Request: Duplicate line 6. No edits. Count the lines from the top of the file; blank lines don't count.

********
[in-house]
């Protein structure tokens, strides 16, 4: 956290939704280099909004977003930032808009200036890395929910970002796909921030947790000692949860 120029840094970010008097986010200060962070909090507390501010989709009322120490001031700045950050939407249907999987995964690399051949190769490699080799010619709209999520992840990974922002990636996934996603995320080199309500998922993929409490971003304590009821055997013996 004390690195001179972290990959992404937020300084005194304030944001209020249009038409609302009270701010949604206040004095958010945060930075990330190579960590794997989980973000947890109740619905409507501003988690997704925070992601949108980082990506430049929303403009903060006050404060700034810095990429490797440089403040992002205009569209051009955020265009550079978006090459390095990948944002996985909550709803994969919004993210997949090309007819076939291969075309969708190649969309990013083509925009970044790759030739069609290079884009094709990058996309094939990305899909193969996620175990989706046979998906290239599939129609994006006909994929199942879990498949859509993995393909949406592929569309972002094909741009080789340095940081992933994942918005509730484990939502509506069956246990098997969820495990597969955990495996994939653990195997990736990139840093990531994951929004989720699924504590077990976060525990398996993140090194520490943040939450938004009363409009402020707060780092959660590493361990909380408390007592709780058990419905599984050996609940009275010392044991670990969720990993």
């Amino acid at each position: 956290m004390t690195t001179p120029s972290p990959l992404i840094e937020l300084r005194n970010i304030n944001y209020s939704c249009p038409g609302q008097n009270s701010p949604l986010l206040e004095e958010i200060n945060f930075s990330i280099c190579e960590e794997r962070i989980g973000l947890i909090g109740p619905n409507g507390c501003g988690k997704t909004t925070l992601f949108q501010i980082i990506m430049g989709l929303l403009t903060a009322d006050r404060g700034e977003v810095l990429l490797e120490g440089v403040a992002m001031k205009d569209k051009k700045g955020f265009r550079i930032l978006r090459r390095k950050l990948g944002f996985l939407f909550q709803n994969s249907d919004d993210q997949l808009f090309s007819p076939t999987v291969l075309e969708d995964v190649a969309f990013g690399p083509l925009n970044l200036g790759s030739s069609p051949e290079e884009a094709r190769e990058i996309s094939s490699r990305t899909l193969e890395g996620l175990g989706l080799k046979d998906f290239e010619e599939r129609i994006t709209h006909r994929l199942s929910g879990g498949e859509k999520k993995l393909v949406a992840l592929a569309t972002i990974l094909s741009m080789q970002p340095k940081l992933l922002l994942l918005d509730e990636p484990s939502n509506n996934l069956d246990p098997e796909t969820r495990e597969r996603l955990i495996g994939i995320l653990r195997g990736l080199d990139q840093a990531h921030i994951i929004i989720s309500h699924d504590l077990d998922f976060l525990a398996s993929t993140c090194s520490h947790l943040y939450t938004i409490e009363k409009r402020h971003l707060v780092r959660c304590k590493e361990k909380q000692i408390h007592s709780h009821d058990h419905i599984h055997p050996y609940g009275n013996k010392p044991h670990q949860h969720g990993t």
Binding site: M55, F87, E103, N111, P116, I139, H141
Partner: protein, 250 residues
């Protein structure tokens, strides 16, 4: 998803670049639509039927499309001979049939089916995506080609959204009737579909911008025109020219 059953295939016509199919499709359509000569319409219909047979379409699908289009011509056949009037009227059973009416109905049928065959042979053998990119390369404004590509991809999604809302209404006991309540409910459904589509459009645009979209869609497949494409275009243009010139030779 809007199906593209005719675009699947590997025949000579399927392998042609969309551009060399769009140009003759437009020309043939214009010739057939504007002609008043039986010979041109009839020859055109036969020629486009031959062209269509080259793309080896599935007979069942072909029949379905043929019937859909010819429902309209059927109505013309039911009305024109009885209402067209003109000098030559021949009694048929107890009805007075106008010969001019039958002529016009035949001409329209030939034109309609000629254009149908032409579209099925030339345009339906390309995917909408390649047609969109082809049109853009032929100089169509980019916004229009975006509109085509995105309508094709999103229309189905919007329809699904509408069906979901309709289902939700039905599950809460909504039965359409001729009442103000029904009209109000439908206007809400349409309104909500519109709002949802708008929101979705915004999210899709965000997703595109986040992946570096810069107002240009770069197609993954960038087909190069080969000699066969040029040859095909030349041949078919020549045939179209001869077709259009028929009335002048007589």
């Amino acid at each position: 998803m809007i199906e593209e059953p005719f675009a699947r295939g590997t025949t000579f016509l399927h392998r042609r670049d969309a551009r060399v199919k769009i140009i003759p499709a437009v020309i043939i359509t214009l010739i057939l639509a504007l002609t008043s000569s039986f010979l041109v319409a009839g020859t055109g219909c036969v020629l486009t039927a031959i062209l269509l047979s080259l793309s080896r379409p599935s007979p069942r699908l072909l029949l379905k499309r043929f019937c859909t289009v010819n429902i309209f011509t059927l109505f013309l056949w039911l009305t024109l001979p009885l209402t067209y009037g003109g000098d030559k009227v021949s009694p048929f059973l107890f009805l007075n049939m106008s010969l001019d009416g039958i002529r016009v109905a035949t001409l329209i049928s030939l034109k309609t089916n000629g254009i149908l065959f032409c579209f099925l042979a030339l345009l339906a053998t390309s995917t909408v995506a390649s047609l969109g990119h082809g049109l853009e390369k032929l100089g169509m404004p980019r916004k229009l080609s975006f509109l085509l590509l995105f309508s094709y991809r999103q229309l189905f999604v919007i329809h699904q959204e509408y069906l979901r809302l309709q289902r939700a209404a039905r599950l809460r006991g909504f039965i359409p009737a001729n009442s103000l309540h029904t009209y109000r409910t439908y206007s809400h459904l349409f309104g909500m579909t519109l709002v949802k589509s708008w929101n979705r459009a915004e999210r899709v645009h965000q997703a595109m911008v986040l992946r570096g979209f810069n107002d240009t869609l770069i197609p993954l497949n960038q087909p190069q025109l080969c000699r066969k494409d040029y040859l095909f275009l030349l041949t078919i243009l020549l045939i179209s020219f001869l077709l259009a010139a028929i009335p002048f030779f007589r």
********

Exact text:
């Protein structure tokens, strides 16, 4: 998803670049639509039927499309001979049939089916995506080609959204009737579909911008025109020219 059953295939016509199919499709359509000569319409219909047979379409699908289009011509056949009037009227059973009416109905049928065959042979053998990119390369404004590509991809999604809302209404006991309540409910459904589509459009645009979209869609497949494409275009243009010139030779 809007199906593209005719675009699947590997025949000579399927392998042609969309551009060399769009140009003759437009020309043939214009010739057939504007002609008043039986010979041109009839020859055109036969020629486009031959062209269509080259793309080896599935007979069942072909029949379905043929019937859909010819429902309209059927109505013309039911009305024109009885209402067209003109000098030559021949009694048929107890009805007075106008010969001019039958002529016009035949001409329209030939034109309609000629254009149908032409579209099925030339345009339906390309995917909408390649047609969109082809049109853009032929100089169509980019916004229009975006509109085509995105309508094709999103229309189905919007329809699904509408069906979901309709289902939700039905599950809460909504039965359409001729009442103000029904009209109000439908206007809400349409309104909500519109709002949802708008929101979705915004999210899709965000997703595109986040992946570096810069107002240009770069197609993954960038087909190069080969000699066969040029040859095909030349041949078919020549045939179209001869077709259009028929009335002048007589």